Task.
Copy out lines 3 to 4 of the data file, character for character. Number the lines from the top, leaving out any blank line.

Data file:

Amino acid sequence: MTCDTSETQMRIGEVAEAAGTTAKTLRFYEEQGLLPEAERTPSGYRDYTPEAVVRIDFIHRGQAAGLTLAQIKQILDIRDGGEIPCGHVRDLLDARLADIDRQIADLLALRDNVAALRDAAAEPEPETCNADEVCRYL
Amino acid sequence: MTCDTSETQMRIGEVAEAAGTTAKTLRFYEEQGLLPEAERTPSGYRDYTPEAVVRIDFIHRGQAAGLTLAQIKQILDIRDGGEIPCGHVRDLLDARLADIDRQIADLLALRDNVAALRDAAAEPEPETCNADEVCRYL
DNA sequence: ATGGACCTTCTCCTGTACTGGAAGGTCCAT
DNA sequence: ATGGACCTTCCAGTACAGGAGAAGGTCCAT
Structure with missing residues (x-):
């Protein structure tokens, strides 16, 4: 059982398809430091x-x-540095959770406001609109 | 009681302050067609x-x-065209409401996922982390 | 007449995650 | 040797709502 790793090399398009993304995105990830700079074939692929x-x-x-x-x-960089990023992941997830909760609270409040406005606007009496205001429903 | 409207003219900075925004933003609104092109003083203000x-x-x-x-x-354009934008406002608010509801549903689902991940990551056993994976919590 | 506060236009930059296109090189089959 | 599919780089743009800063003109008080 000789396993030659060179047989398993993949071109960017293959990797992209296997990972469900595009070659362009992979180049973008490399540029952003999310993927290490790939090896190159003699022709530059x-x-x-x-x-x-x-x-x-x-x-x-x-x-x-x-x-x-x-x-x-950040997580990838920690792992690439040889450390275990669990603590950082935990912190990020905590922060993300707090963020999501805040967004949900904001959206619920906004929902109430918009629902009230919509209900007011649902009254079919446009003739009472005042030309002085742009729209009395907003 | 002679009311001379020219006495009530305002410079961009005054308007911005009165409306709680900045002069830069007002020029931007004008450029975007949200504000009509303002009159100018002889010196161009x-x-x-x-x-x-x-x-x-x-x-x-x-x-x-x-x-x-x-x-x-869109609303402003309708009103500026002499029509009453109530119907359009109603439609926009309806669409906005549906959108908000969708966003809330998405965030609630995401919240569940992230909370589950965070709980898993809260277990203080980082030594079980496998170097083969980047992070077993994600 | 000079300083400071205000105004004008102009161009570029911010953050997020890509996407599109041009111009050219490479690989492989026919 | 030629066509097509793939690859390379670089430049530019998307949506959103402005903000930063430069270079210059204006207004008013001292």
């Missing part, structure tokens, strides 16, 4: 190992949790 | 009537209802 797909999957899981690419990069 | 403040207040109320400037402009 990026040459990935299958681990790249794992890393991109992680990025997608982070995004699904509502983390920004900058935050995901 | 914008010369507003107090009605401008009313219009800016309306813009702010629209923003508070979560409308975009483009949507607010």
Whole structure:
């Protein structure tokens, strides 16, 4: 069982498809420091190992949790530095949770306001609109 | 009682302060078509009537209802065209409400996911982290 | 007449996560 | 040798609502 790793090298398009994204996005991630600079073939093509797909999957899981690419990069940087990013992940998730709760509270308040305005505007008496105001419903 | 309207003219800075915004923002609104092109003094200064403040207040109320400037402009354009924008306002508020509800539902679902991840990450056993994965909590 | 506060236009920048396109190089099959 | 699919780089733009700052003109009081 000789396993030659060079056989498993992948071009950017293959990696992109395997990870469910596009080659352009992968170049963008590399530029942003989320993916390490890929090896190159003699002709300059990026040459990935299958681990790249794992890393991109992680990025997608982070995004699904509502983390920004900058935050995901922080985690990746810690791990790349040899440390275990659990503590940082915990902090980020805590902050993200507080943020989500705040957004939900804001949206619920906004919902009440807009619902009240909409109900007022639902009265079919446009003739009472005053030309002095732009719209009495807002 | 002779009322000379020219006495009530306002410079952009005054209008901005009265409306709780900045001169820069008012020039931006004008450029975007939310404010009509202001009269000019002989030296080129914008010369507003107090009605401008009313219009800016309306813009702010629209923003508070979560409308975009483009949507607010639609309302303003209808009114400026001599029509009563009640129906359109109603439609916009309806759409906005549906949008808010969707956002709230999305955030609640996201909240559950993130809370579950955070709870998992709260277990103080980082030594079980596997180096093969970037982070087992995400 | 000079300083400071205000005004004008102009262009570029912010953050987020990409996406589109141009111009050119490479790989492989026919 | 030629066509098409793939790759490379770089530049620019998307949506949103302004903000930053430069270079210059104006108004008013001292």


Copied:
DNA sequence: ATGGACCTTCTCCTGTACTGGAAGGTCCAT
DNA sequence: ATGGACCTTCCAGTACAGGAGAAGGTCCAT